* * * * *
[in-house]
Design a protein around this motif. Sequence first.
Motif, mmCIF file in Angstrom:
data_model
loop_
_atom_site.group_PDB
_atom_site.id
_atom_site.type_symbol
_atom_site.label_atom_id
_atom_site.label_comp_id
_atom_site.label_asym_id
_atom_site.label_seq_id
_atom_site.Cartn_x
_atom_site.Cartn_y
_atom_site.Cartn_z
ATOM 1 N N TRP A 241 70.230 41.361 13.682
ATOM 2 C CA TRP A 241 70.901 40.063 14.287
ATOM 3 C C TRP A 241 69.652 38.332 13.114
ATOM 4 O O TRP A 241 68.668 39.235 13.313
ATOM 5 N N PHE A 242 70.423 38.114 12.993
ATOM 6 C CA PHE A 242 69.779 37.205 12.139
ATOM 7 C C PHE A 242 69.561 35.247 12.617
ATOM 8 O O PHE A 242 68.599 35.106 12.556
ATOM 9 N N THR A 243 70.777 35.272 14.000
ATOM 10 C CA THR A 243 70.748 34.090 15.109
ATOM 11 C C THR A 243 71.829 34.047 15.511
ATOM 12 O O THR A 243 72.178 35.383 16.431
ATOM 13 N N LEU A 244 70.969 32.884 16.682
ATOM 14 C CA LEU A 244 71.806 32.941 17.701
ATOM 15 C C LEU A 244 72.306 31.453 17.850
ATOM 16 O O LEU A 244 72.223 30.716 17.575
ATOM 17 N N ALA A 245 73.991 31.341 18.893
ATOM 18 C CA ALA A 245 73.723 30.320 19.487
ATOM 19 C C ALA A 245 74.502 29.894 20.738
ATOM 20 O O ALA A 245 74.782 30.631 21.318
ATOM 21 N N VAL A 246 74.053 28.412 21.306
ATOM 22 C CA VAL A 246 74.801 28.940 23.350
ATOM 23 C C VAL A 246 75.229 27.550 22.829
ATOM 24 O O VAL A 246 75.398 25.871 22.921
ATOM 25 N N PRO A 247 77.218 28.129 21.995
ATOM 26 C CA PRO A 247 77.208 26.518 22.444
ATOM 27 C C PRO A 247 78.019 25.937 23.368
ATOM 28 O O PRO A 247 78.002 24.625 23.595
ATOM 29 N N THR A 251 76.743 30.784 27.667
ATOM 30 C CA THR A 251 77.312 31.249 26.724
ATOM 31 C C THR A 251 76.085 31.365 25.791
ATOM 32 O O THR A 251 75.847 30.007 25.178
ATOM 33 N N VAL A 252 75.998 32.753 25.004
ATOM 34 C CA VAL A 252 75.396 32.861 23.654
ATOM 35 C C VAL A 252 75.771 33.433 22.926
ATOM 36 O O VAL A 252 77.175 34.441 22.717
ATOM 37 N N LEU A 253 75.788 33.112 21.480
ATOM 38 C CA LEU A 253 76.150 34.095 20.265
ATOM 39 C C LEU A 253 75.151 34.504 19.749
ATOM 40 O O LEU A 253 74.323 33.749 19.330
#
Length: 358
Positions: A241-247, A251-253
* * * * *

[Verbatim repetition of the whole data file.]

[in-house]
Design a protein around this motif. Sequence first.
Motif, mmCIF file in Angstrom:
data_model
loop_
_atom_site.group_PDB
_atom_site.id
_atom_site.type_symbol
_atom_site.label_atom_id
_atom_site.label_comp_id
_atom_site.label_asym_id
_atom_site.label_seq_id
_atom_site.Cartn_x
_atom_site.Cartn_y
_atom_site.Cartn_z
ATOM 1 N N TRP A 241 70.230 41.361 13.682
ATOM 2 C CA TRP A 241 70.901 40.063 14.287
ATOM 3 C C TRP A 241 69.652 38.332 13.114
ATOM 4 O O TRP A 241 68.668 39.235 13.313
ATOM 5 N N PHE A 242 70.423 38.114 12.993
ATOM 6 C CA PHE A 242 69.779 37.205 12.139
ATOM 7 C C PHE A 242 69.561 35.247 12.617
ATOM 8 O O PHE A 242 68.599 35.106 12.556
ATOM 9 N N THR A 243 70.777 35.272 14.000
ATOM 10 C CA THR A 243 70.748 34.090 15.109
ATOM 11 C C THR A 243 71.829 34.047 15.511
ATOM 12 O O THR A 243 72.178 35.383 16.431
ATOM 13 N N LEU A 244 70.969 32.884 16.682
ATOM 14 C CA LEU A 244 71.806 32.941 17.701
ATOM 15 C C LEU A 244 72.306 31.453 17.850
ATOM 16 O O LEU A 244 72.223 30.716 17.575
ATOM 17 N N ALA A 245 73.991 31.341 18.893
ATOM 18 C CA ALA A 245 73.723 30.320 19.487
ATOM 19 C C ALA A 245 74.502 29.894 20.738
ATOM 20 O O ALA A 245 74.782 30.631 21.318
ATOM 21 N N VAL A 246 74.053 28.412 21.306
ATOM 22 C CA VAL A 246 74.801 28.940 23.350
ATOM 23 C C VAL A 246 75.229 27.550 22.829
ATOM 24 O O VAL A 246 75.398 25.871 22.921
ATOM 25 N N PRO A 247 77.218 28.129 21.995
ATOM 26 C CA PRO A 247 77.208 26.518 22.444
ATOM 27 C C PRO A 247 78.019 25.937 23.368
ATOM 28 O O PRO A 247 78.002 24.625 23.595
ATOM 29 N N THR A 251 76.743 30.784 27.667
ATOM 30 C CA THR A 251 77.312 31.249 26.724
ATOM 31 C C THR A 251 76.085 31.365 25.791
ATOM 32 O O THR A 251 75.847 30.007 25.178
ATOM 33 N N VAL A 252 75.998 32.753 25.004
ATOM 34 C CA VAL A 252 75.396 32.861 23.654
ATOM 35 C C VAL A 252 75.771 33.433 22.926
ATOM 36 O O VAL A 252 77.175 34.441 22.717
ATOM 37 N N LEU A 253 75.788 33.112 21.480
ATOM 38 C CA LEU A 253 76.150 34.095 20.265
ATOM 39 C C LEU A 253 75.151 34.504 19.749
ATOM 40 O O LEU A 253 74.323 33.749 19.330
#
Length: 358
Positions: A241-247, A251-253